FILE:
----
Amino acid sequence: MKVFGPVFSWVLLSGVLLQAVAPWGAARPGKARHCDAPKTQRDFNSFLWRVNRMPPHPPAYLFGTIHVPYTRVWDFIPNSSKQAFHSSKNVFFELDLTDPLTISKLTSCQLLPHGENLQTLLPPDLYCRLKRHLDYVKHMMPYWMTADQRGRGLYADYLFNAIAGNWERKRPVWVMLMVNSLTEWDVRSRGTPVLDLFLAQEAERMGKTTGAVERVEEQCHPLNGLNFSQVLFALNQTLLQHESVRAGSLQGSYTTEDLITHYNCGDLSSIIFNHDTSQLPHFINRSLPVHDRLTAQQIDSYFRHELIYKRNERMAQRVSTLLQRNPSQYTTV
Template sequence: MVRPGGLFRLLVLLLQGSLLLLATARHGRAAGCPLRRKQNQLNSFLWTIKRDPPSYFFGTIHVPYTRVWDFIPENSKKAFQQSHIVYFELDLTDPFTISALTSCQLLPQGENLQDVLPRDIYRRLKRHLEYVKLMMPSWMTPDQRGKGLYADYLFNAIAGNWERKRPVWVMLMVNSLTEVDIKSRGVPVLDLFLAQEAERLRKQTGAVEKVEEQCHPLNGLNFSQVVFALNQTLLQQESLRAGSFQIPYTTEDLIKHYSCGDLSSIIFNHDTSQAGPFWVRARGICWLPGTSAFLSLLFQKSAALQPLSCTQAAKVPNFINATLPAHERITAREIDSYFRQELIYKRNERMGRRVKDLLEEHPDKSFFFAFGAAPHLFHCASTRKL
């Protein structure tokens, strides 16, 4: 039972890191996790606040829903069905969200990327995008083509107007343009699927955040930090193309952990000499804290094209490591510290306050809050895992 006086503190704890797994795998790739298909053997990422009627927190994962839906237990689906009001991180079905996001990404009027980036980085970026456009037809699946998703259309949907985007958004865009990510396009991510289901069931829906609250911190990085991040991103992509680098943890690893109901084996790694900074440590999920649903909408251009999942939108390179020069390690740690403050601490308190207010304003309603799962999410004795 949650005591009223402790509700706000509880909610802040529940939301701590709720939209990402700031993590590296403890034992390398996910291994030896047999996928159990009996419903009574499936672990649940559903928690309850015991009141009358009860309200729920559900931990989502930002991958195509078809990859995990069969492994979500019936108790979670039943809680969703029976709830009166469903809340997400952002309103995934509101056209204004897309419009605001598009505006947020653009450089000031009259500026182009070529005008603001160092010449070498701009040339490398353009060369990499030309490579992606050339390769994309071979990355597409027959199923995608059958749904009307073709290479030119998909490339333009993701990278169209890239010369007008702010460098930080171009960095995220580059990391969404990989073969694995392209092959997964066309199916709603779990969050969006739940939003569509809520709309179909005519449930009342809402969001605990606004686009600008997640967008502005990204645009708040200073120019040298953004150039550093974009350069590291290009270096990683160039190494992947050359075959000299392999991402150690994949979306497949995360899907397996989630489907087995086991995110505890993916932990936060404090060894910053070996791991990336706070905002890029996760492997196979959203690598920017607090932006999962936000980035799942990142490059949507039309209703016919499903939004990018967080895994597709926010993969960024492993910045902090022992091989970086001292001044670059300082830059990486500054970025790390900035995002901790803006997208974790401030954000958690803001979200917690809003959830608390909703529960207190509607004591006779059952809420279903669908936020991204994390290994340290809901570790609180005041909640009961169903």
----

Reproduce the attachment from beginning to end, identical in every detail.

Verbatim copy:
Amino acid sequence: MKVFGPVFSWVLLSGVLLQAVAPWGAARPGKARHCDAPKTQRDFNSFLWRVNRMPPHPPAYLFGTIHVPYTRVWDFIPNSSKQAFHSSKNVFFELDLTDPLTISKLTSCQLLPHGENLQTLLPPDLYCRLKRHLDYVKHMMPYWMTADQRGRGLYADYLFNAIAGNWERKRPVWVMLMVNSLTEWDVRSRGTPVLDLFLAQEAERMGKTTGAVERVEEQCHPLNGLNFSQVLFALNQTLLQHESVRAGSLQGSYTTEDLITHYNCGDLSSIIFNHDTSQLPHFINRSLPVHDRLTAQQIDSYFRHELIYKRNERMAQRVSTLLQRNPSQYTTV
Template sequence: MVRPGGLFRLLVLLLQGSLLLLATARHGRAAGCPLRRKQNQLNSFLWTIKRDPPSYFFGTIHVPYTRVWDFIPENSKKAFQQSHIVYFELDLTDPFTISALTSCQLLPQGENLQDVLPRDIYRRLKRHLEYVKLMMPSWMTPDQRGKGLYADYLFNAIAGNWERKRPVWVMLMVNSLTEVDIKSRGVPVLDLFLAQEAERLRKQTGAVEKVEEQCHPLNGLNFSQVVFALNQTLLQQESLRAGSFQIPYTTEDLIKHYSCGDLSSIIFNHDTSQAGPFWVRARGICWLPGTSAFLSLLFQKSAALQPLSCTQAAKVPNFINATLPAHERITAREIDSYFRQELIYKRNERMGRRVKDLLEEHPDKSFFFAFGAAPHLFHCASTRKL
């Protein structure tokens, strides 16, 4: 039972890191996790606040829903069905969200990327995008083509107007343009699927955040930090193309952990000499804290094209490591510290306050809050895992 006086503190704890797994795998790739298909053997990422009627927190994962839906237990689906009001991180079905996001990404009027980036980085970026456009037809699946998703259309949907985007958004865009990510396009991510289901069931829906609250911190990085991040991103992509680098943890690893109901084996790694900074440590999920649903909408251009999942939108390179020069390690740690403050601490308190207010304003309603799962999410004795 949650005591009223402790509700706000509880909610802040529940939301701590709720939209990402700031993590590296403890034992390398996910291994030896047999996928159990009996419903009574499936672990649940559903928690309850015991009141009358009860309200729920559900931990989502930002991958195509078809990859995990069969492994979500019936108790979670039943809680969703029976709830009166469903809340997400952002309103995934509101056209204004897309419009605001598009505006947020653009450089000031009259500026182009070529005008603001160092010449070498701009040339490398353009060369990499030309490579992606050339390769994309071979990355597409027959199923995608059958749904009307073709290479030119998909490339333009993701990278169209890239010369007008702010460098930080171009960095995220580059990391969404990989073969694995392209092959997964066309199916709603779990969050969006739940939003569509809520709309179909005519449930009342809402969001605990606004686009600008997640967008502005990204645009708040200073120019040298953004150039550093974009350069590291290009270096990683160039190494992947050359075959000299392999991402150690994949979306497949995360899907397996989630489907087995086991995110505890993916932990936060404090060894910053070996791991990336706070905002890029996760492997196979959203690598920017607090932006999962936000980035799942990142490059949507039309209703016919499903939004990018967080895994597709926010993969960024492993910045902090022992091989970086001292001044670059300082830059990486500054970025790390900035995002901790803006997208974790401030954000958690803001979200917690809003959830608390909703529960207190509607004591006779059952809420279903669908936020991204994390290994340290809901570790609180005041909640009961169903």